Why Is Washington So Polarized?

Despite President Obama’s recent overtures to Republican members of Congress, people who have been around for a while all seem to agree: Never in living memory has the atmosphere on Capitol Hill and in Washington, D.C., generally been so toxic.

I don’t find this to be true out in the hinterland. The country as a whole is divided politically. But it’s not obviously more divided than it was 50 years ago. The toxicity of politics is a D.C. phenomenon. What’s more, the polarization is worse among the elites. It seems that the more education they have, the more polarized people become.

Why is that?

And I don’t like anybody very much.

I have a theory. Any period in which there is radical political change is likely to be a period when raw emotions are strained. The reason: political change means we are moving from an old system to a new one. When that happens, people who were wedded to the old system will perceive that they are losing something — a way of life, a shared way of looking at the world, institutions that they relied on.

We are living in such a period. Over the past 30 years the entire world has seen a complete reversal in the political trend of the twentieth century. There was a time, not long ago, when many of us believed that the march toward communism and socialism was inevitable. Country after country moved left. In the first eight decades of the twentieth century, I can’t think of a single place where individual liberty increased — unless you count the aftermath of war in Germany, Italy and Japan.

Collectivism, it seemed, was unstoppable.

Then, in the last two decades of the last century, everything changed. Communism was dismantled almost everywhere. It was not only politically dismantled. Collectivism was intellectually discredited. All around the world, a new wave of thinking emerged — one which saw that the left was wrong. Wrong about everything. Wrong about communism. Wrong about socialism. Wrong about the welfare state.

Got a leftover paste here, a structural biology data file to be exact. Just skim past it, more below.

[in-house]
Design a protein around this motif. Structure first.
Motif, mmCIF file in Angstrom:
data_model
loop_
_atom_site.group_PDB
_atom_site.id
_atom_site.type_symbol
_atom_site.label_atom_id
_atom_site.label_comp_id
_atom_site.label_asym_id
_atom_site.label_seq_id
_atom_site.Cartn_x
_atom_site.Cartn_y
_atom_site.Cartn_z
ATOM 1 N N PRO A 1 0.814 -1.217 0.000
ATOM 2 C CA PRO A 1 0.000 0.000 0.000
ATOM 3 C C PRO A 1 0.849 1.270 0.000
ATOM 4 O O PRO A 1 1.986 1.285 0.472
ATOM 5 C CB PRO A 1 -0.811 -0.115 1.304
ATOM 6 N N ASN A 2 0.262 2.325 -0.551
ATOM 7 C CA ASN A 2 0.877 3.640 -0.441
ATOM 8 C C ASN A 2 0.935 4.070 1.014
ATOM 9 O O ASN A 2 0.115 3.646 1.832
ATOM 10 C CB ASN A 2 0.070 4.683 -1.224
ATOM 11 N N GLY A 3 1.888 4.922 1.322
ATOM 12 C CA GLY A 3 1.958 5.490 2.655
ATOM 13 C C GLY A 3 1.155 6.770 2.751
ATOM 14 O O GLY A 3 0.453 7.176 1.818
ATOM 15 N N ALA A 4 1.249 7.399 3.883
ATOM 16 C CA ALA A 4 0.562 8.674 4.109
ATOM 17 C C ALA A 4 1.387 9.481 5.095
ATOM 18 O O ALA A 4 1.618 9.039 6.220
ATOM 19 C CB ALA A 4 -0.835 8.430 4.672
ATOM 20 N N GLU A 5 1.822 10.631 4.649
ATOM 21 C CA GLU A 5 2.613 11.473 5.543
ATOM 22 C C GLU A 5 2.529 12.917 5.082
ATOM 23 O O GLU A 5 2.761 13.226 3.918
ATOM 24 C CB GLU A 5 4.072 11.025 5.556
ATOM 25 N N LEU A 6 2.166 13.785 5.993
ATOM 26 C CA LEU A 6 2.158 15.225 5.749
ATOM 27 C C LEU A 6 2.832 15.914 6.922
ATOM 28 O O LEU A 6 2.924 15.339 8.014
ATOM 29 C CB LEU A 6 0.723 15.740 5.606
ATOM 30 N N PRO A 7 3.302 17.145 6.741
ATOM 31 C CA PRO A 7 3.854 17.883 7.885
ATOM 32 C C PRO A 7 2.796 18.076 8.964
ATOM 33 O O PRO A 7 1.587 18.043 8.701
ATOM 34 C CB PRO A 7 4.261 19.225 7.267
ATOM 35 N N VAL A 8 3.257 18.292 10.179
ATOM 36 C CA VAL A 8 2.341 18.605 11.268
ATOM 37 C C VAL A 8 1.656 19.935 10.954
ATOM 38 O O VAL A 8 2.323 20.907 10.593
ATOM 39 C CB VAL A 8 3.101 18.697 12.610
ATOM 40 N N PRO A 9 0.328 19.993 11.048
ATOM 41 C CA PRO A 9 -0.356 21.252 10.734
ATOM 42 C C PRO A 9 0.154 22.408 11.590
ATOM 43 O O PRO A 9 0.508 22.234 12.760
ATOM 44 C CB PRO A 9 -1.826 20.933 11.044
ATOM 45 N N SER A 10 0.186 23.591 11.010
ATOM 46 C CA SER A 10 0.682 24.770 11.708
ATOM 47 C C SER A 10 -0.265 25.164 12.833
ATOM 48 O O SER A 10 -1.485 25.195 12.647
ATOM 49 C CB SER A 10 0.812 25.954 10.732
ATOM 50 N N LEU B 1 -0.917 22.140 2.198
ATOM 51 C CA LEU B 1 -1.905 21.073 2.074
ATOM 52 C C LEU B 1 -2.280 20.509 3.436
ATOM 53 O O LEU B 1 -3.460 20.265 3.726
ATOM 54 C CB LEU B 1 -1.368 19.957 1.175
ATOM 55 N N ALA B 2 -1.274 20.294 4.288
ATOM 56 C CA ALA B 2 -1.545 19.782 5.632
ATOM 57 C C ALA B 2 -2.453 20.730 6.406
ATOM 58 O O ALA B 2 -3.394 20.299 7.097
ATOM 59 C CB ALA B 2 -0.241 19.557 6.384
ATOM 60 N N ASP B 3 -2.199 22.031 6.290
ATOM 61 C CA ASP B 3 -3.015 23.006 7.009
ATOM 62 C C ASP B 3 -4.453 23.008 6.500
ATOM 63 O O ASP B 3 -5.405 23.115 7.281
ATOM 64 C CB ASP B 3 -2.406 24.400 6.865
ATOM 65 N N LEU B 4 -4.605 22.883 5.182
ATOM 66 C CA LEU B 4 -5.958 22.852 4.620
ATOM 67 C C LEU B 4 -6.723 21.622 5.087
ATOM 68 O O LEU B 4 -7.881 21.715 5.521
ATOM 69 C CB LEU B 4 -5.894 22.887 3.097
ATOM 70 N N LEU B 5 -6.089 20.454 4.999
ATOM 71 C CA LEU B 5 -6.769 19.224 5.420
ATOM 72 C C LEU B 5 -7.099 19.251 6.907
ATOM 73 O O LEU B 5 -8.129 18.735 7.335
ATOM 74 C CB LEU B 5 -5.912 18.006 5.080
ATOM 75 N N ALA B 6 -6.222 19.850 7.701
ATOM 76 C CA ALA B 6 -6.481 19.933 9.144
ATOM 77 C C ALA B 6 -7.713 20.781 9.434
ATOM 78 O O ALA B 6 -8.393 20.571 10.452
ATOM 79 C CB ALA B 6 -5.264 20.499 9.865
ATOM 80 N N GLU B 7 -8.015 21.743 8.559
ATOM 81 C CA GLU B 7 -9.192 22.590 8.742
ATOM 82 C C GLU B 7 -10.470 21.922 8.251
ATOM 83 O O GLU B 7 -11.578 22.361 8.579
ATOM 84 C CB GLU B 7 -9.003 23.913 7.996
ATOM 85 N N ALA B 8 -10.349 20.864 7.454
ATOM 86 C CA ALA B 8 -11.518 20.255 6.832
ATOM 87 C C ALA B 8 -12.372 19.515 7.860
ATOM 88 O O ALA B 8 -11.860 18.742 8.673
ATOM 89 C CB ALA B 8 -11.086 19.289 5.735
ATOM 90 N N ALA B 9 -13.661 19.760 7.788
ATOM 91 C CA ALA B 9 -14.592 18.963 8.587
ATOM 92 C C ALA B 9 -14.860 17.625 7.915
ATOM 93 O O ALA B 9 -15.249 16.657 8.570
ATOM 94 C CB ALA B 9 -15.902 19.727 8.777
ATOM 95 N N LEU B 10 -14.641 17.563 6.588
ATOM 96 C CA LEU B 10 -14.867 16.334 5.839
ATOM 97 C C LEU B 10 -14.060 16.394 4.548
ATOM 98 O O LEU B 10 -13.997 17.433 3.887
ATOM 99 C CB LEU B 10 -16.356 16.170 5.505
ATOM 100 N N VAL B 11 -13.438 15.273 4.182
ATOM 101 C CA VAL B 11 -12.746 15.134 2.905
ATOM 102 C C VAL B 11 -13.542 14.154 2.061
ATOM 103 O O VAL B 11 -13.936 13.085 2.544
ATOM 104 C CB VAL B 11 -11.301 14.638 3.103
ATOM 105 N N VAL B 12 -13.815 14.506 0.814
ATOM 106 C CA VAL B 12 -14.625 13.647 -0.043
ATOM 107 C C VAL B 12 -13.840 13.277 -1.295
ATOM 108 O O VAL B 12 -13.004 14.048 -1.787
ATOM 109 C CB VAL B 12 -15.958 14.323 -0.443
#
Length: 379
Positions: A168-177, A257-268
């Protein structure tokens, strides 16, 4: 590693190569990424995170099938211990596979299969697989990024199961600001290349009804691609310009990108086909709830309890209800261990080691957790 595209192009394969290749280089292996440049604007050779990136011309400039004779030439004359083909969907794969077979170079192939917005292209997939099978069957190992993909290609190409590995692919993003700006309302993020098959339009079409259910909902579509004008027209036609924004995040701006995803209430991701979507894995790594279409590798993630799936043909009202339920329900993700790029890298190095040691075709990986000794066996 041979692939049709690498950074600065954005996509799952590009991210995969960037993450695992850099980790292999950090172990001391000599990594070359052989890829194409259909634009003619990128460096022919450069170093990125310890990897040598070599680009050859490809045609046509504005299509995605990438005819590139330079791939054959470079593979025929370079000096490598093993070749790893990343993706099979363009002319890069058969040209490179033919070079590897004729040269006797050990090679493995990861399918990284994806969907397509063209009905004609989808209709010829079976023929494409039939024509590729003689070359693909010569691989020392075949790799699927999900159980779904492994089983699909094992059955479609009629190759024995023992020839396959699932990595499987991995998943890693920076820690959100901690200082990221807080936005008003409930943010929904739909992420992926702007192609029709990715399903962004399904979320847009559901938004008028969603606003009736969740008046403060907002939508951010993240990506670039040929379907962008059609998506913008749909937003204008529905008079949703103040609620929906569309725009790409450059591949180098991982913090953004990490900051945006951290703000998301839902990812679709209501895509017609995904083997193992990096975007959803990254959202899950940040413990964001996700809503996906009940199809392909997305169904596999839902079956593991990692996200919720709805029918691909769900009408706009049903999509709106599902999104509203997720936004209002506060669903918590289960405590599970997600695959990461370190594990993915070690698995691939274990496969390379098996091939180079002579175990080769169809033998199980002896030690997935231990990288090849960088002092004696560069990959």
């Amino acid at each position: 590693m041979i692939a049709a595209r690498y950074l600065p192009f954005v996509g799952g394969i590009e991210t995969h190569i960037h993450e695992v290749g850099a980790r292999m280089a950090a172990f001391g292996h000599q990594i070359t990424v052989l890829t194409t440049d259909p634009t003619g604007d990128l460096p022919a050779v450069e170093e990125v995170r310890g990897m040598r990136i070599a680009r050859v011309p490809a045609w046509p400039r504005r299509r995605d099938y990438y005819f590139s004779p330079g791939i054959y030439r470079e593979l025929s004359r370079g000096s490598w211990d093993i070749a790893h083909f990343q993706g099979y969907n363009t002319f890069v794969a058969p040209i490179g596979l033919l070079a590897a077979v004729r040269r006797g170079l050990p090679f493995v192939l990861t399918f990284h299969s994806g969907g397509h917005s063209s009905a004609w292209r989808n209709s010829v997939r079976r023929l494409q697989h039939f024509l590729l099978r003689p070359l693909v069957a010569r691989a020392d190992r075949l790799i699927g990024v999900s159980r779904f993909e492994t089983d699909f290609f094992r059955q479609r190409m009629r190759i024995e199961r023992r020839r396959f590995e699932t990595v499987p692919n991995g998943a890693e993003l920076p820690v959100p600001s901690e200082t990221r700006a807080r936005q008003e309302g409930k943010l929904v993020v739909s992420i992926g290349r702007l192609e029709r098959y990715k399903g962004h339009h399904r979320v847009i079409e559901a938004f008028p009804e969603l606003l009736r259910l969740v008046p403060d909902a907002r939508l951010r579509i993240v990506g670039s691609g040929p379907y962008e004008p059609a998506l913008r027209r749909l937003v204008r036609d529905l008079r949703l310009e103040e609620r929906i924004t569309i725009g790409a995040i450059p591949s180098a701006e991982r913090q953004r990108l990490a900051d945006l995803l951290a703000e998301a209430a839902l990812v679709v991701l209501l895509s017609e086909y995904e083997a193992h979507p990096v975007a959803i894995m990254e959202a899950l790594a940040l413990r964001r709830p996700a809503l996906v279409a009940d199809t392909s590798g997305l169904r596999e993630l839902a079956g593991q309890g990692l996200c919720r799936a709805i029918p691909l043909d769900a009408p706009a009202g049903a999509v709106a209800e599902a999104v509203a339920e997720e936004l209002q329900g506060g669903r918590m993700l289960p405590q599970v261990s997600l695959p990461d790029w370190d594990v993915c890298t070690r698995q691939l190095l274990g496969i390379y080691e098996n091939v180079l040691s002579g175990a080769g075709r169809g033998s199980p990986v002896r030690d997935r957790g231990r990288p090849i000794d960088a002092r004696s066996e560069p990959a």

In country after country, the power of government was rolled back — through deregulation and privatization. It’s hard to exaggerate how fundamental this change has been. When Ronald Reagan was president, not even the most conservative politician would dare talk about privatizing Social Security. This was true in other countries as well. Yet today, more than 30 countries around the world have fully or partially privatized their social security systems. We haven’t done it yet. But we’ve discovered that a presidential candidate can talk about it and still win two elections.

About 40 countries now have a flat tax and tax rates have been generally falling almost everywhere. In Europe, talk of privatizing health, education and welfare was once as taboo as talk of privatizing Social Security was in the U.S. No longer.

Sweden, once thought of as the model for the modern welfare state, now has a full-fledged school voucher system, has privatized large segments of its health care system and is on the way toward privatization of almost all of its welfare state. Britain, which once boasted that its system of socialized medicine was “the envy of the world” has been privatizing health services for the past decade. Since 2008, National Health Service (NHS) patients have been able to choose any provider (NHS, private for-profit, private non-profit, etc.) they wish for elective care.

The dismantling of the state has not been smooth or even continuous. Some countries have seen reversals. Venezuela, Argentina, Ecuador and France come to mind. In our country we have gone from Bill Clinton’s declaration that the era of big government is over to a massive new entitlement created by ObamaCare.

These reversals give people on the left hope that the trend is not inevitable. Rather than being resigned to defeat, they see hope that collectivism might rise again.